• Snorri Godhi

    It is anomalous for me to be interested in celebrity gossip, but i really think that there are lessons to be learned here, though they have little or nothing to do with politics.

    Here is another video of interest, and please note that this is from a woman.

    Of special interest to me was the bit about Meghan’s ‘narcissistic smirk’ (beginning at about 3:25). I was blind to it: I thought that one could trust somebody with a smile like that. At least, before finding out that she is an American feminist.
    So, i learned something i didn’t know about human nature.

  • Phil B

    @ Frazer Orr …

    “All that and he is still functionally the equivalent of living in his mommy’s basement?

    It is a simple explanation. The British Royal family is, in fact, INDIAN

  • Snorri Godhi

    In reply to Paul Marks (January 15, 2020 at 9:34 am)

    accusations of “racism” and “sexism” (and “homophobia”, “Islamophobia”, “transphobia” and so on) are the standard doctrines of the education system (the schools and the universities) – and this is true in most Western nations (Germany, France, Italy Spain – where ever) not just Britain and the United States.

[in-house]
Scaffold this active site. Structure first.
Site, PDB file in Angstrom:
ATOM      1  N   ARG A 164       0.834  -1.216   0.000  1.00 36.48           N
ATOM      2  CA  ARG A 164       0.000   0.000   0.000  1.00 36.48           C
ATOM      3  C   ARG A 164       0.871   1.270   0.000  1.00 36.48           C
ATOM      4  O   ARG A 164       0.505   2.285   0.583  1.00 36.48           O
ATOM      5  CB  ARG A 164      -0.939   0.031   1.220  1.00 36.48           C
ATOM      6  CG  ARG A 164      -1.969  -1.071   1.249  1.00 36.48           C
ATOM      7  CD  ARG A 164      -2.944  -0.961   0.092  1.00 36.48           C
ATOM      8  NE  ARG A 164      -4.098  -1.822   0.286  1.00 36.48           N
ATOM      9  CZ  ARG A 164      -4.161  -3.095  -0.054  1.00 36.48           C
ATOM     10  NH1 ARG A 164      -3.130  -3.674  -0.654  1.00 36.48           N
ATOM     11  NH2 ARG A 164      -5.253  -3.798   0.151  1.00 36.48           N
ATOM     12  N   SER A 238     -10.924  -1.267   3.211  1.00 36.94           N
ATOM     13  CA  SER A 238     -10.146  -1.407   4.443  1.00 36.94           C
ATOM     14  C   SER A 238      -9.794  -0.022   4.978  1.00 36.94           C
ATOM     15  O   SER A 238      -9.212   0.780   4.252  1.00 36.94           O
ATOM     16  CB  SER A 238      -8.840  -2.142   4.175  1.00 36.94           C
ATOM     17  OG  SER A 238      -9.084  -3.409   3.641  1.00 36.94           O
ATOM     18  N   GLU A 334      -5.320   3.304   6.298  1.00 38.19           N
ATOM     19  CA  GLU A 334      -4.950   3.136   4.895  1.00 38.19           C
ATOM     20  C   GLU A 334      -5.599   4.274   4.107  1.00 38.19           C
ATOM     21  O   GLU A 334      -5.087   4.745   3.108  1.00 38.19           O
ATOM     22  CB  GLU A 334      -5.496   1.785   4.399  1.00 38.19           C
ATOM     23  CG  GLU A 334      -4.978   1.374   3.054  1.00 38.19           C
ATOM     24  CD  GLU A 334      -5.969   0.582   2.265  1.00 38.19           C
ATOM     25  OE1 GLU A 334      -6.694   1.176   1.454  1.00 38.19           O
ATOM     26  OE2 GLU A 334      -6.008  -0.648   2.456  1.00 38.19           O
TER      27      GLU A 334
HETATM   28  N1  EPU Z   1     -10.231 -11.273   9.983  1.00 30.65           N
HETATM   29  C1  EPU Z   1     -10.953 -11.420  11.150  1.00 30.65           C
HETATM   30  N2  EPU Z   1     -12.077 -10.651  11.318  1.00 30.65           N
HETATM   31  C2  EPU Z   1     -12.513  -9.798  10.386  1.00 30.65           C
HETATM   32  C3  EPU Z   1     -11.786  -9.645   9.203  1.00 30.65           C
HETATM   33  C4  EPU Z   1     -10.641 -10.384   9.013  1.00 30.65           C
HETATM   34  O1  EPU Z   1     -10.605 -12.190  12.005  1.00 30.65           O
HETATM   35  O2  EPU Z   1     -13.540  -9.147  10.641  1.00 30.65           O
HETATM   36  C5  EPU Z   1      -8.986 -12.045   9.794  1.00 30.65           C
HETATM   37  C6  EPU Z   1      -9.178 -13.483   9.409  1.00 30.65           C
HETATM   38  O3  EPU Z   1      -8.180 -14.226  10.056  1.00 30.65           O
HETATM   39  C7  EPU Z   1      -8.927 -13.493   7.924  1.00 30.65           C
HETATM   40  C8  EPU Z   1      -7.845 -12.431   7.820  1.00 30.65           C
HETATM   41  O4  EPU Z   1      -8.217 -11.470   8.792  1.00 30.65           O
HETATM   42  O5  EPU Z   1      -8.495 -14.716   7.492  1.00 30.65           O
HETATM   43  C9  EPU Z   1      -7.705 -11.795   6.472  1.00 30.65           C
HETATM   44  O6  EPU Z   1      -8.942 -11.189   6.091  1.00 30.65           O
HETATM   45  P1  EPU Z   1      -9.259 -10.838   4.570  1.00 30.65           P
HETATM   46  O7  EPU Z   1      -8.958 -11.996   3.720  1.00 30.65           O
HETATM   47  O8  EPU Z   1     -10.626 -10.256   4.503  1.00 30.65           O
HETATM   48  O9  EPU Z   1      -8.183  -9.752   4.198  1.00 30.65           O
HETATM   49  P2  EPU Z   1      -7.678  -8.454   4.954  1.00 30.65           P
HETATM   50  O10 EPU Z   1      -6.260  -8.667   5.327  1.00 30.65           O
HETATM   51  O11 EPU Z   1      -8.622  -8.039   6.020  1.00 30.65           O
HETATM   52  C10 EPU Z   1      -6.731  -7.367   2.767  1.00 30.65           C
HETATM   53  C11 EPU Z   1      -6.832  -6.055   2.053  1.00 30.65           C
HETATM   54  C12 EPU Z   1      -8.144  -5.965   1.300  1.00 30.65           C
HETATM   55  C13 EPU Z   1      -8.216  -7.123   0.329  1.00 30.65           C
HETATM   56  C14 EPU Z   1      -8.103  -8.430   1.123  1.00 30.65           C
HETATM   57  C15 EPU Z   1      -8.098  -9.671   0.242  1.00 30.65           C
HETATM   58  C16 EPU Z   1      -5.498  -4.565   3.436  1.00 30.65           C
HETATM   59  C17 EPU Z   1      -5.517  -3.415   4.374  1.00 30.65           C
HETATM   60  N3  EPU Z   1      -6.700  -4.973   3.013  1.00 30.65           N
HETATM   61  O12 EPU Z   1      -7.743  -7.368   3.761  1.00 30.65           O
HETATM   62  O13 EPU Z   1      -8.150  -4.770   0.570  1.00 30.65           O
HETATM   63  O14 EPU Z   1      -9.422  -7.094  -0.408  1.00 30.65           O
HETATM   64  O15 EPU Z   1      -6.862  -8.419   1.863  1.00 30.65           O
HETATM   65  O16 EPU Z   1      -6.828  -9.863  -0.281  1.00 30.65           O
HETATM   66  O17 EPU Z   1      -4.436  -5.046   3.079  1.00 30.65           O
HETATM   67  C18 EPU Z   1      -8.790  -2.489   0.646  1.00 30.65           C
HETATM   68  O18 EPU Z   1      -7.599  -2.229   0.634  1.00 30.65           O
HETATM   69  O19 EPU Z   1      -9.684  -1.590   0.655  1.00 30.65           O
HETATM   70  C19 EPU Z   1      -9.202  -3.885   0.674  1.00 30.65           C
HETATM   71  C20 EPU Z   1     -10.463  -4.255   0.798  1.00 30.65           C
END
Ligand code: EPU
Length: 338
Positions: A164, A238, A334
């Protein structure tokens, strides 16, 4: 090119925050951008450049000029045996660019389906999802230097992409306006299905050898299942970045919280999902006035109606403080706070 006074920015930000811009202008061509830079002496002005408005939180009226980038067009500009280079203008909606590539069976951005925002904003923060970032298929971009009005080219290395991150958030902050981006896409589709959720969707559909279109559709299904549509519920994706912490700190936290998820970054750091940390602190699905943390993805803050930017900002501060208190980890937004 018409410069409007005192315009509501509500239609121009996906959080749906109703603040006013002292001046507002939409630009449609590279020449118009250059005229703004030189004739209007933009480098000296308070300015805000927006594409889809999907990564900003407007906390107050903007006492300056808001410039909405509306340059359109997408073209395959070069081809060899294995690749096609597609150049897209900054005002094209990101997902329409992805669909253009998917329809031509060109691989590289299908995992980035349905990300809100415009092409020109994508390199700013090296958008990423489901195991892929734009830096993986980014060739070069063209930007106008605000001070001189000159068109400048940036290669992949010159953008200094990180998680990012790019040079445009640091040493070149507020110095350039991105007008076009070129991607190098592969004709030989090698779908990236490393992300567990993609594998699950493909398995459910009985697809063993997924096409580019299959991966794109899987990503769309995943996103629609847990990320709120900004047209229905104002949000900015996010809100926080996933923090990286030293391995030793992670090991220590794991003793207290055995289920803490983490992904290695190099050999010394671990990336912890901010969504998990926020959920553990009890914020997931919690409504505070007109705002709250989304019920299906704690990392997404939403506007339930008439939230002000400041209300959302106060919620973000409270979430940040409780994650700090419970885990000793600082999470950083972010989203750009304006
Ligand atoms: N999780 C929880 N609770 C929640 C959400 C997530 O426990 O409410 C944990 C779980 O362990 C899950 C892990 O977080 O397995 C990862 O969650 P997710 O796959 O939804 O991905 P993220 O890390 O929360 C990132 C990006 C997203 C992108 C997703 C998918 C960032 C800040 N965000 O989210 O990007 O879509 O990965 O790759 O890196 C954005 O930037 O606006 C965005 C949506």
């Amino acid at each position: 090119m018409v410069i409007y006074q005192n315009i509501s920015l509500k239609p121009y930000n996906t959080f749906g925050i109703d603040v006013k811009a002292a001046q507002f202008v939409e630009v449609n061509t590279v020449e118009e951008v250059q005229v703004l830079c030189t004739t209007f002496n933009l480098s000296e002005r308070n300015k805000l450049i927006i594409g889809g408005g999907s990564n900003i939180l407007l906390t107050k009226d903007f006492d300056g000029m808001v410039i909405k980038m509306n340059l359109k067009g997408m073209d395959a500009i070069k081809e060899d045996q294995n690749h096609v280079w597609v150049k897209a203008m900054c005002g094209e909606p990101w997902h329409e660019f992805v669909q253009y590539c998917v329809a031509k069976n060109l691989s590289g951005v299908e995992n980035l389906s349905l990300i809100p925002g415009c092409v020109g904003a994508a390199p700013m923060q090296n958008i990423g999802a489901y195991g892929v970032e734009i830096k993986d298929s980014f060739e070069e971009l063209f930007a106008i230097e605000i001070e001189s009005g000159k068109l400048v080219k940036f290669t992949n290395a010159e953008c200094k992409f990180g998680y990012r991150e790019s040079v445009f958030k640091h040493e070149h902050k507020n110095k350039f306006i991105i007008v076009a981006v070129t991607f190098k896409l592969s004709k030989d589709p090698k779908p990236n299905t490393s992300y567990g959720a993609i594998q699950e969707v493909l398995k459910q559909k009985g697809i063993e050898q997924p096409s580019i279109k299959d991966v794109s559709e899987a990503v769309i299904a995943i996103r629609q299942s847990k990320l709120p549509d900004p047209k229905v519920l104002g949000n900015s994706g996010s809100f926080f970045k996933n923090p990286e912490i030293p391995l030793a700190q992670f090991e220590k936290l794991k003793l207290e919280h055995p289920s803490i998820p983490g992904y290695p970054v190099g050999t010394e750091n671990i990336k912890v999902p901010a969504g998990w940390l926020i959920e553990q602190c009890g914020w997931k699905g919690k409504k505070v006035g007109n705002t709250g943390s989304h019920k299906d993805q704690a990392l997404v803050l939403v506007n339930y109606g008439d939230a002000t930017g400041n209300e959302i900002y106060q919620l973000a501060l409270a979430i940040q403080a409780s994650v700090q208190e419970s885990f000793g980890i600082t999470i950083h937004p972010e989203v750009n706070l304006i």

I don’t know about the present, but in my time, Frankfurt Marxism was virtually absent from Italian schools. Teachers did not hide their politics, but their politics were far from uniform. Fascism, Christian Democracy, and communism (Leninism) were all represented. In fact, my estimate is that there were more fascists than commies amongst Italian school-teachers. Which fits in with the last few pages of chapter 8 of The Road to Serfdom, about public-sector workers supporting fascism/nazism in reaction to the working class supporting socialism/communism.

    My view is that 5 heresies of orthodox Marxism are of most historical interest:
    Leninism;
    social democracy;
    Italian fascism;
    German nazism;
    Frankfurt Marxism (aka PC fascism).

    At least the last 3 seem to have been supported enthusiastically by public-sector workers.